It's still brute forcing but that's meant to address the issue of PC's being able to move the same amount of data as the PS5, as quickly. This is more of a side issue as generic SSD will be fast enough in the vast majority of cases, and will be the target, I think. If Cerny is accurate then the PS5 can move the most data (i.e. the highest amount of high detail assets) the quickest. So you might see something like PS5 using some 4k textures and lots of 8k textures and some movie assets, whereas standard PC might be some 2K textures and lots of 4k textures and no movie assets. At this point, yeah PC players can stick a load of RAM in and use that in the same way the SSD is being leveraged (provided it's supported - I've no idea if this would be a native benefit or whether the game needs to know it can use it as extra cache etc. this is just the broad theory. I'm sure there will be driver support for this, if not already)

But, adding RAM doesn't change the fact that when making Jedi: Fallen Order 2 compatibility and design will be built around that 7200rpm disk. So they still have to cater for that in the game. Dumping assets, winding corridors etc. are all required because of slow mechnical disks. Until devs abandon it, they are here to stay.

Having said that, we're talking about probably two years away before this becomes an issue.
 
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why didn't they bleed the support for HDD a few years ago?'
That's like saying why don't they add support for SSDs. They don't need to add or remove support for anything. A HDD is just a storage format. Games will continue to "support" HDDs for as long as HDDs continue to exist as a current storage format (and whether you like it or not HDDs are still very current, what they lack in speed they make up for in sheer capacity).

Why still target HDD with games like TW:Troy or Flight Sim?
Because neither would benefit all that much from requiring an SSD.

Why is TW:Troy still targeting a 5/6 year old video card?
Because it belongs to a genre of games that is infamously CPU bottlenecked and therefore cannot properly utilize a modern GPU to its fullest potential.

Val0rant...
Val0rant is free to play tripe.
 
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killatopak

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The point being...that free to play stuff nearly always targets low-end hardware...like really low-end.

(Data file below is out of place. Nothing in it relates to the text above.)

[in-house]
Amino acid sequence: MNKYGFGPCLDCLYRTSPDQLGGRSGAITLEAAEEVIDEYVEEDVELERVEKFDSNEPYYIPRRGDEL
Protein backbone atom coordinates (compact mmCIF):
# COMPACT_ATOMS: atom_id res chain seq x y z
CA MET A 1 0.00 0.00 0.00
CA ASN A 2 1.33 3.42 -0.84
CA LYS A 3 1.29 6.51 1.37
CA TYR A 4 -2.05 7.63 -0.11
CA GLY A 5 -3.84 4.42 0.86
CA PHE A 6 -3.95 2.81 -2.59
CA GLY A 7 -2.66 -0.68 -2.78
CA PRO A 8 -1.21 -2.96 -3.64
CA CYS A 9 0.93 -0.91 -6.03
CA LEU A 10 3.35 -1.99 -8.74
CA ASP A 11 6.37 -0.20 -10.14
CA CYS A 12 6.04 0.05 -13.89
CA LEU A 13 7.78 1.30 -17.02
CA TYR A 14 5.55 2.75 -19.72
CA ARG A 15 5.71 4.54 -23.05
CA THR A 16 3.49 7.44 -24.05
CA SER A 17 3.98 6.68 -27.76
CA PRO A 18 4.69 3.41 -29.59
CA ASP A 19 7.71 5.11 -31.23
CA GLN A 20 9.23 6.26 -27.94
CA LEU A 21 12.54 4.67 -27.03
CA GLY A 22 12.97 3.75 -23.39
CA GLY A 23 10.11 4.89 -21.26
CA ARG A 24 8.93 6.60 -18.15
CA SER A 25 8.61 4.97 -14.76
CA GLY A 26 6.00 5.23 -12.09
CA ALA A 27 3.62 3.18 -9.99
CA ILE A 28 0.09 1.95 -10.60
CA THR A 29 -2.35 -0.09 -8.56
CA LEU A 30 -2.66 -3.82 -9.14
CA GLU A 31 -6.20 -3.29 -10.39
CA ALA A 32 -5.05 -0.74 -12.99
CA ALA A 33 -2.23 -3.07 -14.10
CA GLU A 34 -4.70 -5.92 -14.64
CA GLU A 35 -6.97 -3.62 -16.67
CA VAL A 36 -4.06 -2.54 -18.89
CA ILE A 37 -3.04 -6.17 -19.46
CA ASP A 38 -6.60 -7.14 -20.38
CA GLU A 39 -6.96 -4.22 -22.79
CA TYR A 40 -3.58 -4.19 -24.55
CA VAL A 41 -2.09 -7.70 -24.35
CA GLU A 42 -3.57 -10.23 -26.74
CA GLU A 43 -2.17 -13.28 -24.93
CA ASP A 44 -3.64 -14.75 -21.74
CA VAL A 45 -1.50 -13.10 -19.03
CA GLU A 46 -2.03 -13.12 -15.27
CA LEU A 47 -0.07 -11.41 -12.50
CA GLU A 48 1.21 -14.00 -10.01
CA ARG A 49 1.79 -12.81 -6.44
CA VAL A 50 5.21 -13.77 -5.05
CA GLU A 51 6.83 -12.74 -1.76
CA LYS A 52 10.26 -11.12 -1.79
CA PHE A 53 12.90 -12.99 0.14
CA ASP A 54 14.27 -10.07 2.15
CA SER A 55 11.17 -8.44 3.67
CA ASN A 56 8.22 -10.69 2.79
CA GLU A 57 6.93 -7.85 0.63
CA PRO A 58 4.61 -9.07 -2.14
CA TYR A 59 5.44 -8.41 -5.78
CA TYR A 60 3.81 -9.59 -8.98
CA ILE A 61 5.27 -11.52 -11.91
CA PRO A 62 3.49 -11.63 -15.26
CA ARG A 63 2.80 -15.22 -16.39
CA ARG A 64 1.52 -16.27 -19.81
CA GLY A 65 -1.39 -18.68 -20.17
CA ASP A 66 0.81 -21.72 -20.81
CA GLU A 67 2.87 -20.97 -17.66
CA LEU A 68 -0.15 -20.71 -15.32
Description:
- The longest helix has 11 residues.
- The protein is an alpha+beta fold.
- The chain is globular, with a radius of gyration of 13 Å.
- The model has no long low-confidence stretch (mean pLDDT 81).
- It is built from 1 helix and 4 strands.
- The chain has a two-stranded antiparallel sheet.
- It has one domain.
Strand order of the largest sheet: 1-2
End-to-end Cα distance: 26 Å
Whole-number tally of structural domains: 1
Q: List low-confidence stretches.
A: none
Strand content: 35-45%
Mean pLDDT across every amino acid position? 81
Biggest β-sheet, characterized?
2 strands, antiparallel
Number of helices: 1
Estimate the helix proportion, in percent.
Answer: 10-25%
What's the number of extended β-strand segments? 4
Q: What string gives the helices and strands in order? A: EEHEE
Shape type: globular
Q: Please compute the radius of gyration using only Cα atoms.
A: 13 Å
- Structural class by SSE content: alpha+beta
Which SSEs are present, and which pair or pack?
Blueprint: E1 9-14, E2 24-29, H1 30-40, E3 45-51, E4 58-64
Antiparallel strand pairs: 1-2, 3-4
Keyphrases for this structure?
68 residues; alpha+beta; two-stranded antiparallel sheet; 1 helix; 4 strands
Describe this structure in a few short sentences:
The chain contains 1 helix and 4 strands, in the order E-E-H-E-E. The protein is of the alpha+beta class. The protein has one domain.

I mean that’s exactly the reason why I think PC is holding back not only the consoles but even PC users themselves.

Shit the first two years I was playing League of Legends, a game with a very low min spec, I still can’t run it past 30fps on the lowest settings. I was on sub 20fps. It was a garbage PC. What do you think I’ll improve first, CPU, GPU, RAM, Motherboard, or Storage? Storage was the very last thing on my mind and even now that is still the case.

For enthusiast and even just mid spec users, it’ll be pretty easy to transition to SSD. That’s not the case for everyone else.
 
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I mean that’s exactly the reason why I think PC is holding back not only the consoles but even PC users themselves.

Shit the first two years I was playing League of Legends, a game with a very low min spec, I still can’t run it past 30fps on the lowest settings. I was on sub 20fps. It was a garbage PC. What do you think I’ll improve first, CPU, GPU, RAM, Motherboard, or Storage? Storage was the very last thing on my mind and even now that is still the case.

For enthusiast and even just mid spec users, it’ll be pretty easy to transition to SSD. That’s not the case for everyone else.
But again...if you don't even reach the bar for "mid-spec" (by which you actually probably mean entry level...hardly mid-spec) you aren't playing modern AAA titles. If you can't even get 20FPS in LoL then you DEFINITELY aren't playing modern AAA titles...and developers aren't targeting users with such shitty machines. Your example is disingenuous as all hell.
 
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cormack12

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That's like saying why don't they add support for SSDs. They don't need to add or remove support for anything. A HDD is just a storage format. Games will continue to "support" HDDs for as long as HDDs continue to exist as a current storage format (and whether you like it or not HDDs are still very current, what they lack in speed they make up for in sheer capacity).

Why still target HDD with games like TW:Troy or Flight Sim?


Because it belongs to a genre of games that is

I think you're conflating compatibility with design. An SSD has clear benefits if you design your game from the ground up for it. You're still looking at an SSD that you bung in and gives you a performance boost. Let's take an example of how it could work in Fallen Order 2 (which fits your example of AAA)